Thursday, 11 August 2011

Under the Indian Sun :)

Based in Gurgaon in southern Delhi, along with fellow WAMer Alice, I’ve been assigned to help at the Performer’s Collective, run by the very welcoming and helpful Jack (who, despite his name, is Indian).  The staff at the Performer’s Collective have been extremely hospitable and friendly and made the transition from England to India for us as easy as possible.  

We were lucky enough to be given time to get to find our feet and get to grips with life here in India before starting our teaching. There were many things for us to have to adapt to – not least the sometimes non-existent water and electricity in our flat, the living room with not one stick of furniture, the ‘friendly’ resident geckoes, the downright ugly resident cockroaches and the initial lack of a cooker.  And despite taking great care with food hygiene, we’ve been ill on several occasions.  But balanced against the sheer vibrancy of Delhi, the friendliness of nearly everyone we’ve met, and the amazing experiences which seem to happen on a daily basis, I am so, so very lucky and happy to be here!

The Performer’s Collective has many contacts on the Delhi music scene, and Jack has ensured that we have been introduced to as much of this as possible.  We’ve met and exchanged ideas with some of the top guitarists in India and been taken to some of the big jazz clubs in Delhi. We’ve even had our photo in the ‘Times of India’.  However, our main focus at the Performer’s Collective is to teach on a, predominantly, one-on-one basis.  

Teaching these lessons and getting to know individual students has been an enlightening process.  People choose to have lessons for a variety of reasons and it’s been interesting to see how a different approach needs to be taken for each individual.  I have, for example, one student with mild learning disabilities who responds well to being given very direct instructions.  Mechanics of piano theory come more easily to her than the concept of musicality and thus she enjoys playing scales and finds it comical to be interrupted every time she plays an odd fingering or dud note.  In fact, the more defined the interruption, the funnier she finds it!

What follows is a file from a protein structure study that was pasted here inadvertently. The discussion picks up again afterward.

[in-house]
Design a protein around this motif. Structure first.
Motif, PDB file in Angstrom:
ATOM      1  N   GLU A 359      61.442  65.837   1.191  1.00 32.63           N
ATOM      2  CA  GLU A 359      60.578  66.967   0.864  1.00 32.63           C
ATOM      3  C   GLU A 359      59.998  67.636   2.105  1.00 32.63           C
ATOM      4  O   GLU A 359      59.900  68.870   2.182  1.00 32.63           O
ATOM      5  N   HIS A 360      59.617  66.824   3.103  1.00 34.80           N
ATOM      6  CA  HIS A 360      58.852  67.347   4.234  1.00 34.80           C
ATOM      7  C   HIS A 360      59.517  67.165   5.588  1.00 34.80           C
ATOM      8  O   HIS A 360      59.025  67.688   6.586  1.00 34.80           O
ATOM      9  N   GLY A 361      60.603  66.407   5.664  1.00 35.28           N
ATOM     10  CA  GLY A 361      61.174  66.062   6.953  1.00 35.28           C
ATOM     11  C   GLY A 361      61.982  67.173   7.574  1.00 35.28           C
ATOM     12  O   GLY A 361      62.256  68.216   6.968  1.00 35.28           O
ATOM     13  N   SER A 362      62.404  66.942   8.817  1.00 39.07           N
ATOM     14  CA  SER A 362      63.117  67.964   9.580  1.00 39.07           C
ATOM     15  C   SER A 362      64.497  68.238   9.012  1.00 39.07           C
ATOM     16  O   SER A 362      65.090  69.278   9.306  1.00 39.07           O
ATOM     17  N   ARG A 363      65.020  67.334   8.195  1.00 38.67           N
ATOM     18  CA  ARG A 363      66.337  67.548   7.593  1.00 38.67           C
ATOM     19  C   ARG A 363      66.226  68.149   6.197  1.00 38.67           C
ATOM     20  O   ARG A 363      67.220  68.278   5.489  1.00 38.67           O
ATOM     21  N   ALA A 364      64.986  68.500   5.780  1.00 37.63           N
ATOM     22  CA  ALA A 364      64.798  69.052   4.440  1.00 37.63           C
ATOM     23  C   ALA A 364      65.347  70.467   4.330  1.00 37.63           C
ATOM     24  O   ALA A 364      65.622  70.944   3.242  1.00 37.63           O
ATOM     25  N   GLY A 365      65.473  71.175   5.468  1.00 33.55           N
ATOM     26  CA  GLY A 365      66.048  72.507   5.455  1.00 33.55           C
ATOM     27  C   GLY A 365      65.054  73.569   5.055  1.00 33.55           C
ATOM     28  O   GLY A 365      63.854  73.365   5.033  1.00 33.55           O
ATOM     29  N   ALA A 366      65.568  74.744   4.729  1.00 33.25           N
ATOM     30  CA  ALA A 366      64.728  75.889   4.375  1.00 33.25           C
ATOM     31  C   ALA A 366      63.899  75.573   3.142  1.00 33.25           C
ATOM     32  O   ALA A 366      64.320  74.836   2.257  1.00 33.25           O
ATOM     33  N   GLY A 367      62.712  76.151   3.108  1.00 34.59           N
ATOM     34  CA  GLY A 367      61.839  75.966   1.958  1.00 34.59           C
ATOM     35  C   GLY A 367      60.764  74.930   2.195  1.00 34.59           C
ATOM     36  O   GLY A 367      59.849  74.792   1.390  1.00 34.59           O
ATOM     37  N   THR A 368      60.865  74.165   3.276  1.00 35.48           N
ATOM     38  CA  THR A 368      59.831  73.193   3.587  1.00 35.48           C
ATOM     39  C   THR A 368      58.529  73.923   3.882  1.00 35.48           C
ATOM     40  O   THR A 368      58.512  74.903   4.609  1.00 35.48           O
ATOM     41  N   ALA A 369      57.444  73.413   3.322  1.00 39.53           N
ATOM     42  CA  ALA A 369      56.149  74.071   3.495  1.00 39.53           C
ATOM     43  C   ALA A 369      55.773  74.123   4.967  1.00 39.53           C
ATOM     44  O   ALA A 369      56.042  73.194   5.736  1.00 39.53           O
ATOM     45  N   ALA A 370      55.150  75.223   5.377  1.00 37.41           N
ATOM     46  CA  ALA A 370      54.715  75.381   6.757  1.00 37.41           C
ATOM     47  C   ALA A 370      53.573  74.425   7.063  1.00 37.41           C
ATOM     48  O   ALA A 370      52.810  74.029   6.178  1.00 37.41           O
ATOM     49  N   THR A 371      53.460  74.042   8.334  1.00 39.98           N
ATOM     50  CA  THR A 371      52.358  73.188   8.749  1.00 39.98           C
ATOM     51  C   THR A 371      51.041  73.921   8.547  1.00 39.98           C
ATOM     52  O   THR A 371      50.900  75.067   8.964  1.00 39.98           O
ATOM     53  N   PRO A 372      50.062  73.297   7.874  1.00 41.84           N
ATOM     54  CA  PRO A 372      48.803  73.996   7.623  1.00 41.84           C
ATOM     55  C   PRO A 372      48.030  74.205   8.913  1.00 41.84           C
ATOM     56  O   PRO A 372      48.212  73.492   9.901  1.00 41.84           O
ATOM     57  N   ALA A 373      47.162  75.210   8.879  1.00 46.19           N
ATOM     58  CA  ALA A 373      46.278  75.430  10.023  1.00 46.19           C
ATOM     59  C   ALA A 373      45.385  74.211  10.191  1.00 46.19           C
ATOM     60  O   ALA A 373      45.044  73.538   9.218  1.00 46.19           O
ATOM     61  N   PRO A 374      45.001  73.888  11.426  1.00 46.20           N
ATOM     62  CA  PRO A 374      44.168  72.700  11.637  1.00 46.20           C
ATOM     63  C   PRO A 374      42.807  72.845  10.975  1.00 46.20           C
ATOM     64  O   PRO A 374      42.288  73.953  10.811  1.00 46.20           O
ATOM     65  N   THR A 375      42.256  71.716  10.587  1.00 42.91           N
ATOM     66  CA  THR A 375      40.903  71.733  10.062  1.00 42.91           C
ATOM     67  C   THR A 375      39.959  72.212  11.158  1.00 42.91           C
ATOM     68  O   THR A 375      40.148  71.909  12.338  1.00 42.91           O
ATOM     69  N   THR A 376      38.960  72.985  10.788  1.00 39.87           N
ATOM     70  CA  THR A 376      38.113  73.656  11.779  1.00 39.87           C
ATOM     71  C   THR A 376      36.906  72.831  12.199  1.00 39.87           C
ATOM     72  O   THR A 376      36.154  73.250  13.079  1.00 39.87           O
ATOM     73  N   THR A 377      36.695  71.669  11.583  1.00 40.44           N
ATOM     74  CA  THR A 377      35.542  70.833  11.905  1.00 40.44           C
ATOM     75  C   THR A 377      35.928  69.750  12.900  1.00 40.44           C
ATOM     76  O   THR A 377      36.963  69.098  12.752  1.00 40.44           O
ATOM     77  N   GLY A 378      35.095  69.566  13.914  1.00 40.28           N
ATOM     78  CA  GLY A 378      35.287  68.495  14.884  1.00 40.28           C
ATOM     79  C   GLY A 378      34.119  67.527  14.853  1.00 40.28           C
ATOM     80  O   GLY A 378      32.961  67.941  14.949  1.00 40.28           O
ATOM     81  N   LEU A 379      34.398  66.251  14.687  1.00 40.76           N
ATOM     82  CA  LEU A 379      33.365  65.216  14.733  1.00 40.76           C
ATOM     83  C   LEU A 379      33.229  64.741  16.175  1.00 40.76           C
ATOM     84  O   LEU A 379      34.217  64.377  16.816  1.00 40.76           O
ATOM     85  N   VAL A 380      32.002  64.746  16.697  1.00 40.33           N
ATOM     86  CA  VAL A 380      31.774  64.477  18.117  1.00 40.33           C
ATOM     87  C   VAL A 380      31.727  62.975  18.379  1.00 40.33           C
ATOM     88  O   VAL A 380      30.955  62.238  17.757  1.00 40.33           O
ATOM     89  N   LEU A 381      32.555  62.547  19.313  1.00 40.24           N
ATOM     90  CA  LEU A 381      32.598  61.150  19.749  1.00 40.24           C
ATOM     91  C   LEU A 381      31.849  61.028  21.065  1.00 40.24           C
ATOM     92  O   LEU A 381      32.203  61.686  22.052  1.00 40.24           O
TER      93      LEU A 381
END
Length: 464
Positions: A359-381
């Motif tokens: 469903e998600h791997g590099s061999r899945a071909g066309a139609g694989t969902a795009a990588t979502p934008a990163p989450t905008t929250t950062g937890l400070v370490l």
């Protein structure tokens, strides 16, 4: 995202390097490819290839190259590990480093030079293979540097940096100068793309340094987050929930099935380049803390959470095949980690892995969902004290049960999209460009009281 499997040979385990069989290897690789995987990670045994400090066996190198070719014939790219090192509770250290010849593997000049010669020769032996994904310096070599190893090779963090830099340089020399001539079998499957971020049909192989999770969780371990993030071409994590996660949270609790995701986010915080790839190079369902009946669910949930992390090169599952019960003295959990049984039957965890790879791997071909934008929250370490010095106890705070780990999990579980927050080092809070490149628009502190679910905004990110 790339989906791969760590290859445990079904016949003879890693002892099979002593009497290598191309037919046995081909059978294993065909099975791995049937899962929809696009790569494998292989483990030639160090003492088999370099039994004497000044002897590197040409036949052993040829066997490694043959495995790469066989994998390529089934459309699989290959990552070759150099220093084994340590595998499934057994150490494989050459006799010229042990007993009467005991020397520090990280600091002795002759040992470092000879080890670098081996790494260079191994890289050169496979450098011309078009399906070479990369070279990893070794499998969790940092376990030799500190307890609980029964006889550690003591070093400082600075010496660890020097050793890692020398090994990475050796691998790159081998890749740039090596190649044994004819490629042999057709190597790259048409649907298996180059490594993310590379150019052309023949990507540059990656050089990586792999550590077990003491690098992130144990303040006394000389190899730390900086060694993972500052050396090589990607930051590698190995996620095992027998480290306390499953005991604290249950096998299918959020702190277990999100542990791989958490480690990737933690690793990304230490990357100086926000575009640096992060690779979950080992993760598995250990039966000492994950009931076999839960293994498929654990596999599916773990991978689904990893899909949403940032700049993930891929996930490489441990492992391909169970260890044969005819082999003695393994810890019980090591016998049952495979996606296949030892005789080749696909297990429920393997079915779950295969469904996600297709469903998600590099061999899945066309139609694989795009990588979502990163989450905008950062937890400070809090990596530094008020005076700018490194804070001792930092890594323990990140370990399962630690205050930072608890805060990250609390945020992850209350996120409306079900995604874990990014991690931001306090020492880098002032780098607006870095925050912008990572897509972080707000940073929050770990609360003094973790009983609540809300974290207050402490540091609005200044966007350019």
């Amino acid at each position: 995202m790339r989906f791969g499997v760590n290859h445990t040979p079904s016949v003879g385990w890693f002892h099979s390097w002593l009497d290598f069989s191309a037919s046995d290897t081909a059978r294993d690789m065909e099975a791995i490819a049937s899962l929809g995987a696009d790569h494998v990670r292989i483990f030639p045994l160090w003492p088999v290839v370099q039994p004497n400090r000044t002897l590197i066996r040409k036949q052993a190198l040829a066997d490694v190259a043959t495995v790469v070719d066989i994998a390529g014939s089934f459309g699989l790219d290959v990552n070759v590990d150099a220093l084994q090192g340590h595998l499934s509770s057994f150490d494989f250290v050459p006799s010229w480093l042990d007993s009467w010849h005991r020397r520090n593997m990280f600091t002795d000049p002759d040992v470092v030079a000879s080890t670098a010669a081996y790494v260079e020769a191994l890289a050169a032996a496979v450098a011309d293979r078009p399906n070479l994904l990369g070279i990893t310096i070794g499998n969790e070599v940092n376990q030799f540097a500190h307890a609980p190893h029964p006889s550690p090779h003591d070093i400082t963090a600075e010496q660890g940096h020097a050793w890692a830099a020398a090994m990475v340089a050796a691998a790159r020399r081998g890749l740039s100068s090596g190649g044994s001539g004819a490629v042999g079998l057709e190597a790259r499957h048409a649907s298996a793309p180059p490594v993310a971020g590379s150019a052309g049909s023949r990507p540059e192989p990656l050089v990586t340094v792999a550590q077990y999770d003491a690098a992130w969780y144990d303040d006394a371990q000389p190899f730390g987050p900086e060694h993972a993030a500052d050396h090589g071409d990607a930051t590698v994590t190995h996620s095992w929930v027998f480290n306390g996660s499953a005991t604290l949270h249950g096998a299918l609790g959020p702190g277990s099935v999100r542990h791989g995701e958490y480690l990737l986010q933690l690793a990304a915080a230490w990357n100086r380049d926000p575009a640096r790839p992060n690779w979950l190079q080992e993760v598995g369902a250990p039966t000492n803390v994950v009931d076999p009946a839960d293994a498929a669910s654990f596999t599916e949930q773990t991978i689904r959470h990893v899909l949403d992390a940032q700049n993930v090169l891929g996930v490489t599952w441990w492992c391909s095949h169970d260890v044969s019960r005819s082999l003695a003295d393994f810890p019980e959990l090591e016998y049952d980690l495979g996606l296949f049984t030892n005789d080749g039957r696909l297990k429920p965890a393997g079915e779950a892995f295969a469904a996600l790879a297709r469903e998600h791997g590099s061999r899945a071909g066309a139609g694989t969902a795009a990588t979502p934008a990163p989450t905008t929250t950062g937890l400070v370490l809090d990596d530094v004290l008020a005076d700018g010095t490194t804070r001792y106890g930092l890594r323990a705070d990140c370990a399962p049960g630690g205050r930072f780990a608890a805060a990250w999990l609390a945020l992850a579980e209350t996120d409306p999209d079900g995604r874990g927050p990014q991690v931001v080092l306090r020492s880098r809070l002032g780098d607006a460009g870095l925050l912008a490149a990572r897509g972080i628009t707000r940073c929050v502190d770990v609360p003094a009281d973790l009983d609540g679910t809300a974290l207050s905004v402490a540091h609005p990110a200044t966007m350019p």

The children are generally very responsive to what I’ve got to tell them and need a lot of basic technique advice – hand positioning / not jerking when putting the thumb under etc...  simple techniques which are generally learnt earlier on in Europe.  A lot of students have lessons with another teacher and then extra lessons with me so I spend a short time providing suggestions for their pieces (which often lack any sort of dynamics or individuality) and the majority of time on sight reading, aural exercises and rhythmic games in the hope that they might continue after I leave and so develop a stronger and more independent general musical awareness.  Most students insist that their sight reading skills are atrocious and they probably need to overcome a psychological barrier before they can improve.